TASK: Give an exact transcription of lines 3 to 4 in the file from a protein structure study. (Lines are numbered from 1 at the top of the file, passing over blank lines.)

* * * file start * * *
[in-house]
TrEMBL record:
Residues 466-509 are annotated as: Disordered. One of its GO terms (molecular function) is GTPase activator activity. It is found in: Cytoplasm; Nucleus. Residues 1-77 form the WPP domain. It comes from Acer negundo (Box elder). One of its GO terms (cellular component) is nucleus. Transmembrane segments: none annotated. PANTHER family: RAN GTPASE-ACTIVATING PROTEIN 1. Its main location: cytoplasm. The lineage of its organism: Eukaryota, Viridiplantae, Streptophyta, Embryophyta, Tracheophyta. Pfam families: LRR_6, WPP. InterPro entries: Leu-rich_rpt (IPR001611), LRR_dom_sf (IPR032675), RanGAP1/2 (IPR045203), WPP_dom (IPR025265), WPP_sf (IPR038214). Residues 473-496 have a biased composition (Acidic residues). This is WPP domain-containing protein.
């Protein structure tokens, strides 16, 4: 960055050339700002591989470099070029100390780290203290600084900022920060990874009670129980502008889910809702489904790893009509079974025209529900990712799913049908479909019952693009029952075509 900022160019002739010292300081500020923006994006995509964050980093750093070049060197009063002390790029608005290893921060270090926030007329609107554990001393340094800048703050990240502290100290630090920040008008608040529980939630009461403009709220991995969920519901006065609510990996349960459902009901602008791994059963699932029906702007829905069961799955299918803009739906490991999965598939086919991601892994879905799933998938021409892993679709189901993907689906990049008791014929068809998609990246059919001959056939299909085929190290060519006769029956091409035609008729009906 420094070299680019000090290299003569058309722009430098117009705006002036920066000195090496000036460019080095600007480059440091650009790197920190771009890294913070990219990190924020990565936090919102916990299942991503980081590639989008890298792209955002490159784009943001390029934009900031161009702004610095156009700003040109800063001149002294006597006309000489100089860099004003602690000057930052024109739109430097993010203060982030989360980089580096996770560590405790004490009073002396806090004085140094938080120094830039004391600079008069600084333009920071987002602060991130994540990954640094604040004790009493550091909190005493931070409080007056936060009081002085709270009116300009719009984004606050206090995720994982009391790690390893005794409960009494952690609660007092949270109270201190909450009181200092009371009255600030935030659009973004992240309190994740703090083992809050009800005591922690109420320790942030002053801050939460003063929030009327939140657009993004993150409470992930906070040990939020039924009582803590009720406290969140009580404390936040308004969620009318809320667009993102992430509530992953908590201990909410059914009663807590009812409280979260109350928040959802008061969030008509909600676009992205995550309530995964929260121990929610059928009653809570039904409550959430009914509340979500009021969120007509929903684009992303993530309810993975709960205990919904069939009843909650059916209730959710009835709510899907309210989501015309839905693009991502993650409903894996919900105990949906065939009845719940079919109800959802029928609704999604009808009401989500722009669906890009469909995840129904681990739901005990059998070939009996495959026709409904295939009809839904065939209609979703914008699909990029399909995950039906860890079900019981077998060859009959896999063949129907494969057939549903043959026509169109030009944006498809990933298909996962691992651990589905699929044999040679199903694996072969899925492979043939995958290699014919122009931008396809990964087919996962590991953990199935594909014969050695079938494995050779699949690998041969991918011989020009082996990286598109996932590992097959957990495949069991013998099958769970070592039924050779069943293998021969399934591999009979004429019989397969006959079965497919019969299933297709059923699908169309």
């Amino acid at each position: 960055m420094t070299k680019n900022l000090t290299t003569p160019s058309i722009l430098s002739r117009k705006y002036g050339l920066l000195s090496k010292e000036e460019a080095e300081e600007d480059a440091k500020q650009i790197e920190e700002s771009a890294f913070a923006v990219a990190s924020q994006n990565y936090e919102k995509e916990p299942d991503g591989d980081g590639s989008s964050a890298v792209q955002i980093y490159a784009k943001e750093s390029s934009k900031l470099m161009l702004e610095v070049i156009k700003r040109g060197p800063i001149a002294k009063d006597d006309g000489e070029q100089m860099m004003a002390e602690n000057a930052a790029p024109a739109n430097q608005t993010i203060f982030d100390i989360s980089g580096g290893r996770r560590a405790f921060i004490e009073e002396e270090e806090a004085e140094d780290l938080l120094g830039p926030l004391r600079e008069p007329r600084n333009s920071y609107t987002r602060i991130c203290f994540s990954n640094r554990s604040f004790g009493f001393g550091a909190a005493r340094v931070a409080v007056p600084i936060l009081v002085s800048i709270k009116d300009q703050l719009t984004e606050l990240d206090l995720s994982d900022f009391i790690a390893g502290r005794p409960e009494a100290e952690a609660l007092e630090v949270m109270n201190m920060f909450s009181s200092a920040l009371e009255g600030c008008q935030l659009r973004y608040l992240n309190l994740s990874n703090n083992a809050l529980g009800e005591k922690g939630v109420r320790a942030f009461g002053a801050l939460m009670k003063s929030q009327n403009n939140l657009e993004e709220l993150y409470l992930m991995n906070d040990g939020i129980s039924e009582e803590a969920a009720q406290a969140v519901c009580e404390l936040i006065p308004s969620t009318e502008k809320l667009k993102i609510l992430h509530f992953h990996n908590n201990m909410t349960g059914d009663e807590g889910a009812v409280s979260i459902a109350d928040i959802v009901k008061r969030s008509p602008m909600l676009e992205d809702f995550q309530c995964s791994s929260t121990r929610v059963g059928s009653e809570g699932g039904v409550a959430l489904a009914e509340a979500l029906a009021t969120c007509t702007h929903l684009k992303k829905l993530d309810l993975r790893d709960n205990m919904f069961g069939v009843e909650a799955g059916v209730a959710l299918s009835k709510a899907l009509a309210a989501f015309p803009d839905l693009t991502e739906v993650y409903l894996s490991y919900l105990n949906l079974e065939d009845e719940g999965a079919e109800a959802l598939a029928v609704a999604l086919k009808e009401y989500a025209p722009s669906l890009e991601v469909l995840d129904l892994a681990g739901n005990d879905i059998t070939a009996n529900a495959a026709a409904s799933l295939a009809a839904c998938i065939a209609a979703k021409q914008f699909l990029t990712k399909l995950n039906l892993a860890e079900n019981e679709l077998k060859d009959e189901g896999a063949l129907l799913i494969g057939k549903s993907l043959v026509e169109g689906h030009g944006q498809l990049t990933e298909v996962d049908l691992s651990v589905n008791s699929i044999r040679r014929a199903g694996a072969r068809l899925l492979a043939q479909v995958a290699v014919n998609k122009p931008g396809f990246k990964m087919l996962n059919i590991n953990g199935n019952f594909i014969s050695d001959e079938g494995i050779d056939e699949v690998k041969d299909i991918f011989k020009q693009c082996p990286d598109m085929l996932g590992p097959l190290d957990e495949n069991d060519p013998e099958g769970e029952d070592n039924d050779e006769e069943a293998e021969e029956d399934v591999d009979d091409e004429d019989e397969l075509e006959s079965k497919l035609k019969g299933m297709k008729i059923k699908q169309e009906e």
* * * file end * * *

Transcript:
Residues 466-509 are annotated as: Disordered. One of its GO terms (molecular function) is GTPase activator activity. It is found in: Cytoplasm; Nucleus. Residues 1-77 form the WPP domain. It comes from Acer negundo (Box elder). One of its GO terms (cellular component) is nucleus. Transmembrane segments: none annotated. PANTHER family: RAN GTPASE-ACTIVATING PROTEIN 1. Its main location: cytoplasm. The lineage of its organism: Eukaryota, Viridiplantae, Streptophyta, Embryophyta, Tracheophyta. Pfam families: LRR_6, WPP. InterPro entries: Leu-rich_rpt (IPR001611), LRR_dom_sf (IPR032675), RanGAP1/2 (IPR045203), WPP_dom (IPR025265), WPP_sf (IPR038214). Residues 473-496 have a biased composition (Acidic residues). This is WPP domain-containing protein.
């Protein structure tokens, strides 16, 4: 960055050339700002591989470099070029100390780290203290600084900022920060990874009670129980502008889910809702489904790893009509079974025209529900990712799913049908479909019952693009029952075509 900022160019002739010292300081500020923006994006995509964050980093750093070049060197009063002390790029608005290893921060270090926030007329609107554990001393340094800048703050990240502290100290630090920040008008608040529980939630009461403009709220991995969920519901006065609510990996349960459902009901602008791994059963699932029906702007829905069961799955299918803009739906490991999965598939086919991601892994879905799933998938021409892993679709189901993907689906990049008791014929068809998609990246059919001959056939299909085929190290060519006769029956091409035609008729009906 420094070299680019000090290299003569058309722009430098117009705006002036920066000195090496000036460019080095600007480059440091650009790197920190771009890294913070990219990190924020990565936090919102916990299942991503980081590639989008890298792209955002490159784009943001390029934009900031161009702004610095156009700003040109800063001149002294006597006309000489100089860099004003602690000057930052024109739109430097993010203060982030989360980089580096996770560590405790004490009073002396806090004085140094938080120094830039004391600079008069600084333009920071987002602060991130994540990954640094604040004790009493550091909190005493931070409080007056936060009081002085709270009116300009719009984004606050206090995720994982009391790690390893005794409960009494952690609660007092949270109270201190909450009181200092009371009255600030935030659009973004992240309190994740703090083992809050009800005591922690109420320790942030002053801050939460003063929030009327939140657009993004993150409470992930906070040990939020039924009582803590009720406290969140009580404390936040308004969620009318809320667009993102992430509530992953908590201990909410059914009663807590009812409280979260109350928040959802008061969030008509909600676009992205995550309530995964929260121990929610059928009653809570039904409550959430009914509340979500009021969120007509929903684009992303993530309810993975709960205990919904069939009843909650059916209730959710009835709510899907309210989501015309839905693009991502993650409903894996919900105990949906065939009845719940079919109800959802029928609704999604009808009401989500722009669906890009469909995840129904681990739901005990059998070939009996495959026709409904295939009809839904065939209609979703914008699909990029399909995950039906860890079900019981077998060859009959896999063949129907494969057939549903043959026509169109030009944006498809990933298909996962691992651990589905699929044999040679199903694996072969899925492979043939995958290699014919122009931008396809990964087919996962590991953990199935594909014969050695079938494995050779699949690998041969991918011989020009082996990286598109996932590992097959957990495949069991013998099958769970070592039924050779069943293998021969399934591999009979004429019989397969006959079965497919019969299933297709059923699908169309």